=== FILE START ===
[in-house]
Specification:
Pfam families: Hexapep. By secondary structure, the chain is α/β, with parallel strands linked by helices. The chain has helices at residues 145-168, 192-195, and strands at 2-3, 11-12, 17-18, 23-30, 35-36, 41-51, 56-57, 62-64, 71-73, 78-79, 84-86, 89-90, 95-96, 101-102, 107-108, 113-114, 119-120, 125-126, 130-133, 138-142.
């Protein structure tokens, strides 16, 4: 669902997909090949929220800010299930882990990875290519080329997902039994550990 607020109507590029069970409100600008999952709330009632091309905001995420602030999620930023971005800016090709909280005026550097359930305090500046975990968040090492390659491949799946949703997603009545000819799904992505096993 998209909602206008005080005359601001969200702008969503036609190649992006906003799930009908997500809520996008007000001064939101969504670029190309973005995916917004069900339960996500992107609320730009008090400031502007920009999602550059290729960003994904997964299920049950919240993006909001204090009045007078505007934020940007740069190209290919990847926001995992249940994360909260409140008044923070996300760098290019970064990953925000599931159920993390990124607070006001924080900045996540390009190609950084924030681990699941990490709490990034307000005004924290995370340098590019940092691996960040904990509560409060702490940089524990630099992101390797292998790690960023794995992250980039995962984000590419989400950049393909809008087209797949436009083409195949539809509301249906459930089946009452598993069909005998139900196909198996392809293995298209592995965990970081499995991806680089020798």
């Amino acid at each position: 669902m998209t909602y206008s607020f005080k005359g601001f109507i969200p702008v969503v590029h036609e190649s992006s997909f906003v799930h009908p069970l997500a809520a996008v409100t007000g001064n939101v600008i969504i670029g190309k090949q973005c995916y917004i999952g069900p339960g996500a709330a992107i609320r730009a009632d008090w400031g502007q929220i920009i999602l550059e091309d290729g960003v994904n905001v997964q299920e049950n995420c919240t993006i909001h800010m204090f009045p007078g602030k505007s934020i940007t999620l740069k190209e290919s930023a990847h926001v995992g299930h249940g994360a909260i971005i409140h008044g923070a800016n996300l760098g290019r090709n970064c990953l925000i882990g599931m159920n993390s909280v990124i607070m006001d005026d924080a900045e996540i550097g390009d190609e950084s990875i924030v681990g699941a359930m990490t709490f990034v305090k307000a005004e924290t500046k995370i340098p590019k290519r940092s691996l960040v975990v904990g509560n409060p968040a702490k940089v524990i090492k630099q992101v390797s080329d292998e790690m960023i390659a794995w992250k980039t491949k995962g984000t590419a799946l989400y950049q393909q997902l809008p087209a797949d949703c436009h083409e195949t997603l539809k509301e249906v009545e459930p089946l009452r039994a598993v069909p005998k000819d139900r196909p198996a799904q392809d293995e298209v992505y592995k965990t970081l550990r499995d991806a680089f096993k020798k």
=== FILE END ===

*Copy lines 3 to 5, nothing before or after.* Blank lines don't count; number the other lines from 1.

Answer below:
Pfam families: Hexapep. By secondary structure, the chain is α/β, with parallel strands linked by helices. The chain has helices at residues 145-168, 192-195, and strands at 2-3, 11-12, 17-18, 23-30, 35-36, 41-51, 56-57, 62-64, 71-73, 78-79, 84-86, 89-90, 95-96, 101-102, 107-108, 113-114, 119-120, 125-126, 130-133, 138-142.
């Protein structure tokens, strides 16, 4: 669902997909090949929220800010299930882990990875290519080329997902039994550990 607020109507590029069970409100600008999952709330009632091309905001995420602030999620930023971005800016090709909280005026550097359930305090500046975990968040090492390659491949799946949703997603009545000819799904992505096993 998209909602206008005080005359601001969200702008969503036609190649992006906003799930009908997500809520996008007000001064939101969504670029190309973005995916917004069900339960996500992107609320730009008090400031502007920009999602550059290729960003994904997964299920049950919240993006909001204090009045007078505007934020940007740069190209290919990847926001995992249940994360909260409140008044923070996300760098290019970064990953925000599931159920993390990124607070006001924080900045996540390009190609950084924030681990699941990490709490990034307000005004924290995370340098590019940092691996960040904990509560409060702490940089524990630099992101390797292998790690960023794995992250980039995962984000590419989400950049393909809008087209797949436009083409195949539809509301249906459930089946009452598993069909005998139900196909198996392809293995298209592995965990970081499995991806680089020798």
């Amino acid at each position: 669902m998209t909602y206008s607020f005080k005359g601001f109507i969200p702008v969503v590029h036609e190649s992006s997909f906003v799930h009908p069970l997500a809520a996008v409100t007000g001064n939101v600008i969504i670029g190309k090949q973005c995916y917004i999952g069900p339960g996500a709330a992107i609320r730009a009632d008090w400031g502007q929220i920009i999602l550059e091309d290729g960003v994904n905001v997964q299920e049950n995420c919240t993006i909001h800010m204090f009045p007078g602030k505007s934020i940007t999620l740069k190209e290919s930023a990847h926001v995992g299930h249940g994360a909260i971005i409140h008044g923070a800016n996300l760098g290019r090709n970064c990953l925000i882990g599931m159920n993390s909280v990124i607070m006001d005026d924080a900045e996540i550097g390009d190609e950084s990875i924030v681990g699941a359930m990490t709490f990034v305090k307000a005004e924290t500046k995370i340098p590019k290519r940092s691996l960040v975990v904990g509560n409060p968040a702490k940089v524990i090492k630099q992101v390797s080329d292998e790690m960023i390659a794995w992250k980039t491949k995962g984000t590419a799946l989400y950049q393909q997902l809008p087209a797949d949703c436009h083409e195949t997603l539809k509301e249906v009545e459930p089946l009452r039994a598993v069909p005998k000819d139900r196909p198996a799904q392809d293995e298209v992505y592995k965990t970081l550990r499995d991806a680089f096993k020798k």